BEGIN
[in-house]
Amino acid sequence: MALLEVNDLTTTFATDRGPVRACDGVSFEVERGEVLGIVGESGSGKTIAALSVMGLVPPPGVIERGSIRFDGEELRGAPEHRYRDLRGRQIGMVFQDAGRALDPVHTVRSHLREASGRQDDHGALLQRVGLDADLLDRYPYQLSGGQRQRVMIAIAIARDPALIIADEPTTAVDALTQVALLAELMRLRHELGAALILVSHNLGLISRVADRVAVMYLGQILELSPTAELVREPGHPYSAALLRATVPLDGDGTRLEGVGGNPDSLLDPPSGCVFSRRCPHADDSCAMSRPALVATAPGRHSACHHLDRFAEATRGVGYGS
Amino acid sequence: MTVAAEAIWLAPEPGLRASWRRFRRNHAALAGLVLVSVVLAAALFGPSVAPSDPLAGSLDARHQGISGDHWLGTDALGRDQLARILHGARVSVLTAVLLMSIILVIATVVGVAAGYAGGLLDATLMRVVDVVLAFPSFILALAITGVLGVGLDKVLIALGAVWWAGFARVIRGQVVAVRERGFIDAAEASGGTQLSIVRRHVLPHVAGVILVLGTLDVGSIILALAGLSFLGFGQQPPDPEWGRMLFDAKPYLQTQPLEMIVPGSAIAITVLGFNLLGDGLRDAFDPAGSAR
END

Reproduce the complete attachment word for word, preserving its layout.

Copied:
[in-house]
Amino acid sequence: MALLEVNDLTTTFATDRGPVRACDGVSFEVERGEVLGIVGESGSGKTIAALSVMGLVPPPGVIERGSIRFDGEELRGAPEHRYRDLRGRQIGMVFQDAGRALDPVHTVRSHLREASGRQDDHGALLQRVGLDADLLDRYPYQLSGGQRQRVMIAIAIARDPALIIADEPTTAVDALTQVALLAELMRLRHELGAALILVSHNLGLISRVADRVAVMYLGQILELSPTAELVREPGHPYSAALLRATVPLDGDGTRLEGVGGNPDSLLDPPSGCVFSRRCPHADDSCAMSRPALVATAPGRHSACHHLDRFAEATRGVGYGS
Amino acid sequence: MTVAAEAIWLAPEPGLRASWRRFRRNHAALAGLVLVSVVLAAALFGPSVAPSDPLAGSLDARHQGISGDHWLGTDALGRDQLARILHGARVSVLTAVLLMSIILVIATVVGVAAGYAGGLLDATLMRVVDVVLAFPSFILALAITGVLGVGLDKVLIALGAVWWAGFARVIRGQVVAVRERGFIDAAEASGGTQLSIVRRHVLPHVAGVILVLGTLDVGSIILALAGLSFLGFGQQPPDPEWGRMLFDAKPYLQTQPLEMIVPGSAIAITVLGFNLLGDGLRDAFDPAGSAR